Full disclosure: here I am eating Nutella to celebrate World Nutella Day earlier this week. Not because I was low.

When we find something in diabetes that works for us, we can become a little evangelical. In the past, I’ve been guilty of this.

I have really tried to tone it down; I know that just because something works for me doesn’t mean it will work for others. But even more than that, it’s none of my business how someone chooses to manage their diabetes. And none of anyone else’s how I choose to manage mine.

So, I’m revisiting this little post from last year as a reminder that we are lucky to have choices. And to not shove ours down others’ throats.

____________________________________

Pumps. Pens. Syringes.

Patch pump. Pod.

Share your data. Don’t share your data.

Blood glucose monitors. Continuous glucose monitors. Flash glucose monitors.

Low carb. High carb. Low(er) carb. No carb. ALL the carbs.

Private diabetes team. Public clinic.

#WeAreNotWaiting. #WeAreWaiting.

Apps for recording data. Scribbling down numbers on the back of an envelope. Making up numbers as you go along.

Online peer support. Face to face peer support. No peer support.

How fortunate we are to have choices – to have choices we can make for ourselves for our own brand of diabetes.

I’m feeling a little burnt out at the moment by the zealots online who think it’s their way or the highway. Do what works for you and share it, by all means. But attacking someone else for doing something different is just being a dick. Don’t be a dick. There’s really no need.

Have you noticed how the social media feeds of many folks in the DOC are starting to look a little rosy? It’s a veritable florist out there at the moment, with lots of people talking and sharing information about #SpareARose.

I’m resharing is a recycled vlog from last year where I suggested that we try to get #SpareARose outside of the DOC and into the conscience of a broader audience. Watch my over-caffeinated rantings…and then tell someone about #SpareARose and ask them to donate.

The address for donations is: www.LFACInternational.org/SpareARose

(If this is your first time here, you may be wondering what’s #SpareARose? It’s a campaign that was developed by some pretty amazing advocates from the diabetes online community back in 2013. The idea is simple: send eleven roses instead of twelve to you love this Valentine’s Day and donate the money you saved (about USD$5 / AUD$7) to #SpareARose. Your donation will go directly to Life for a Child and provide a month of life-saving insulin to a child with diabetes. Spare a rose, save a child. Sounds like a pretty special Valentine’s Day gift to me.)

I went to the endo the other day armed with questions and issues I wanted to discuss. I’d found all random notes I’d typed on my phone and sticky notes I’d stuck around my office and cobbled together a list of things to work through.

And at the end of the appointment, there was a tick against every single one of them. (Except for the one about a new travel letter. I haven’t bothered travelling with a letter for some time now because I never needed it, but the last couple of times I’ve gone through security in the international terminal in Melbourne, I’ve been given some grief about refusing to walk through the full body scanner.)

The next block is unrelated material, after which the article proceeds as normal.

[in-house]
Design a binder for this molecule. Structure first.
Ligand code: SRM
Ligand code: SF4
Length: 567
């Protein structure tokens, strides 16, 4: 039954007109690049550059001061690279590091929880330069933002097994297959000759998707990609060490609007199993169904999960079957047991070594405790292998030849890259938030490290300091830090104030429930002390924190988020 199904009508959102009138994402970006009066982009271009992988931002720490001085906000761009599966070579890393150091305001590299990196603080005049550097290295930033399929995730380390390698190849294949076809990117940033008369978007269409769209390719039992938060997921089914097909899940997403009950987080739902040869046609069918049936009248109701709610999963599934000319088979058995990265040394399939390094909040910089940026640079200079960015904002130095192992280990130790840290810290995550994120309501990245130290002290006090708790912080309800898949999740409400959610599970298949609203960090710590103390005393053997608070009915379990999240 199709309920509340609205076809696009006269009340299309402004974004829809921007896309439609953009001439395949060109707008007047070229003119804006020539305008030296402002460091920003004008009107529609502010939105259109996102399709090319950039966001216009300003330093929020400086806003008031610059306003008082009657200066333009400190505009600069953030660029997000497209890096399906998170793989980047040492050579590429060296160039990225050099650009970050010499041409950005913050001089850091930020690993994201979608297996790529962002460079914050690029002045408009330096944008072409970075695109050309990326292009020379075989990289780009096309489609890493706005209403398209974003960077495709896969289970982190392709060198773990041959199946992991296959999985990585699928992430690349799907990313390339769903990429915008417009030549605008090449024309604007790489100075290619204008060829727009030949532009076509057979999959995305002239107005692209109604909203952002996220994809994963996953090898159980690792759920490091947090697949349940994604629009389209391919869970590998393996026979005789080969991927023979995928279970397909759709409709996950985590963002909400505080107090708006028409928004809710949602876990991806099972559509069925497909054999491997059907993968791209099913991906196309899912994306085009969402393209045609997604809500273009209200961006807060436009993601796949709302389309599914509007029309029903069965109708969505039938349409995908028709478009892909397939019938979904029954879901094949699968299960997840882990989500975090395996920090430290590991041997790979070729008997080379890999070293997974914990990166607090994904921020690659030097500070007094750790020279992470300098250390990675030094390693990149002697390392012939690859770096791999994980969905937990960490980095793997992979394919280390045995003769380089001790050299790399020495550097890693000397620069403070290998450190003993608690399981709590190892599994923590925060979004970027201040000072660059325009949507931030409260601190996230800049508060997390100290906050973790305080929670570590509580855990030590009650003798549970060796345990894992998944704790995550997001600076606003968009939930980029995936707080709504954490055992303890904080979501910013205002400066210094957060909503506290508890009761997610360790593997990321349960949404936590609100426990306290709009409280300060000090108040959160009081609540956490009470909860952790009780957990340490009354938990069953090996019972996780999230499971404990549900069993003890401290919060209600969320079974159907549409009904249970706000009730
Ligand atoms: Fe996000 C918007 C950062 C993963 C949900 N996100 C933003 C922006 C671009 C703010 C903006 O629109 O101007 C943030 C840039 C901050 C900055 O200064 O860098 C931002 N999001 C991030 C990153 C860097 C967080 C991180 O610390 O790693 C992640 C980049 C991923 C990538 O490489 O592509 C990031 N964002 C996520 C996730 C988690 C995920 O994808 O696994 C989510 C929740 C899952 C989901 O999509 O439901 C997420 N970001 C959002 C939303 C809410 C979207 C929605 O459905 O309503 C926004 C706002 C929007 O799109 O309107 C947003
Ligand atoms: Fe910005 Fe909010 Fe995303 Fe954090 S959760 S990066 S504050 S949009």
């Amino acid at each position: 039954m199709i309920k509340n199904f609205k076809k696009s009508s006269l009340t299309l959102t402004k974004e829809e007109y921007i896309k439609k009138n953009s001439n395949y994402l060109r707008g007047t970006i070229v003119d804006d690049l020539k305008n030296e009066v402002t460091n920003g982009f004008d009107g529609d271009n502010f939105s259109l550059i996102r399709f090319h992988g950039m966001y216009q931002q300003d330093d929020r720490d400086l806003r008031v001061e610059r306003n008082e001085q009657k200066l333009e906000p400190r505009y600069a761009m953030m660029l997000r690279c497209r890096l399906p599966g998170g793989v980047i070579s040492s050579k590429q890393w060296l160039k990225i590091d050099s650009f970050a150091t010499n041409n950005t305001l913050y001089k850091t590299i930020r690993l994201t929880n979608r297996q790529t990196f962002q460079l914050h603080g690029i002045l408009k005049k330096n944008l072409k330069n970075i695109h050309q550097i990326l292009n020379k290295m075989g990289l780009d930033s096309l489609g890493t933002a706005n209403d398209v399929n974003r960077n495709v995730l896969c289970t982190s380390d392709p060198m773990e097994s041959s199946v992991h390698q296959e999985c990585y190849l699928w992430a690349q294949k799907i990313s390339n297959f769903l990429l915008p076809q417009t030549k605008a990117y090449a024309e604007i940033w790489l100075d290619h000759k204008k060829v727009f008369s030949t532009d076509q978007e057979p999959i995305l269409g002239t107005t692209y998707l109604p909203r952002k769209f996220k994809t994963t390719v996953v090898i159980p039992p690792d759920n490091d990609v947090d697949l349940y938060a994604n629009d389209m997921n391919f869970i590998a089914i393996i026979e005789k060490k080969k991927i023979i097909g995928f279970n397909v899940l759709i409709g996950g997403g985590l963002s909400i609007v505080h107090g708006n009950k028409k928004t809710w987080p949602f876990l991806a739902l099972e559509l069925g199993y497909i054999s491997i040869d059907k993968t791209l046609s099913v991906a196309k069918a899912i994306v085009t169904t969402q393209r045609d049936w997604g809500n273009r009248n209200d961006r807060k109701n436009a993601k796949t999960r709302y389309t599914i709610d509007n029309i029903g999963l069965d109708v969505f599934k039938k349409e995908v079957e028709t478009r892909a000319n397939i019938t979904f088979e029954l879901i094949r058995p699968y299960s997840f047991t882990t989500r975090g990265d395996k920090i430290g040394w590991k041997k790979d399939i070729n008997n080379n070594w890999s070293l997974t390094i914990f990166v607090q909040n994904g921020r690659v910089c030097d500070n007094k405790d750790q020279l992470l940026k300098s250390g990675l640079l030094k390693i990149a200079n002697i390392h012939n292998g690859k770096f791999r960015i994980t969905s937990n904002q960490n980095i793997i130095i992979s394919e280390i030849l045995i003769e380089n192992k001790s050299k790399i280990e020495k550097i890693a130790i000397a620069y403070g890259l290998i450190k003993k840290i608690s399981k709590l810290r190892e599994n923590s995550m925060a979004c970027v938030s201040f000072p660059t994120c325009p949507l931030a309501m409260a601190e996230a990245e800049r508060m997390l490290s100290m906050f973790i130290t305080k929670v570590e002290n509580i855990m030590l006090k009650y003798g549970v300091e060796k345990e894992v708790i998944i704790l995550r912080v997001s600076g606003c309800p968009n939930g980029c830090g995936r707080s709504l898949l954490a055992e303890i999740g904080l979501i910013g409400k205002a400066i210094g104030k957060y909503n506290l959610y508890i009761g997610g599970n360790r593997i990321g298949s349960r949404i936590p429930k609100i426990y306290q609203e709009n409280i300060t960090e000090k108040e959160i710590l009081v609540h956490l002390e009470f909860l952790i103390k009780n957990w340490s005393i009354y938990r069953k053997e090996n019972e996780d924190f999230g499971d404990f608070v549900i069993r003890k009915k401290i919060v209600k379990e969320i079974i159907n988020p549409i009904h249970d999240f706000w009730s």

I asked about other drugs that I could take to augment my current diabetes treatment. I know that others with type 1 have added Metformin or SGLT2s to their drug cocktail and wondered if I should be considering something else.

I asked about new drugs coming, how I will use faster insulins once they finally bloody hit our PBS shores and talked about protective measures I could take to reduce the risks of every single thing that diabetes likes to throw in our direction.

I realised half way through the appointment what I was doing and it struck me all at once why I was doing it. It was about feeling in that diabetes rut – not in terms of general ‘over it burnout’, but a treatment rut. It was about me wanting more. What else can I do? What else can I take? What else should I think about? What else? What else? What else?

Loop is continuing to do doing its thing. It keeps me and my diabetes ticking along with minimal effort and generally decent lines on my CGM.

But because I am an idiot and obviously have D-FOMO, apparently, it’s not enough. I turn into Chester, that annoying little puppy in the Warner Bros ‘Chester and Spike’ cartoons, bouncing around ideas and thoughts and different drugs and treatments.

When you co-exist with diabetes, the very definition of ‘lather, rinse, repeat’, it’s easy to get complacent. And from there, it’s just a hop, skip and a jump to being in a rut. Is it any wonder that we get bored, disinterested and downright over the whole bloody thing? Or that to try to counter that boredom, we want to try anything and everything; whatever we can to keep a little bit of interest in what we are doing. We see things new and shiny and flashy and want it – not always because we feel we need it. But just because it’s something novel.

I walked out of my endo appointment without a prescription for any new drugs. We chatted about my options and when we weighed it all up, there didn’t seem to be any real benefit. But the door is open for further discussions when I see her next.

I don’t need anything new. There is nothing I can do really to be doing better. It’s just more of the same. Every day. Lather. Rinse. Repeat. (And repeat…repeat…repeat.)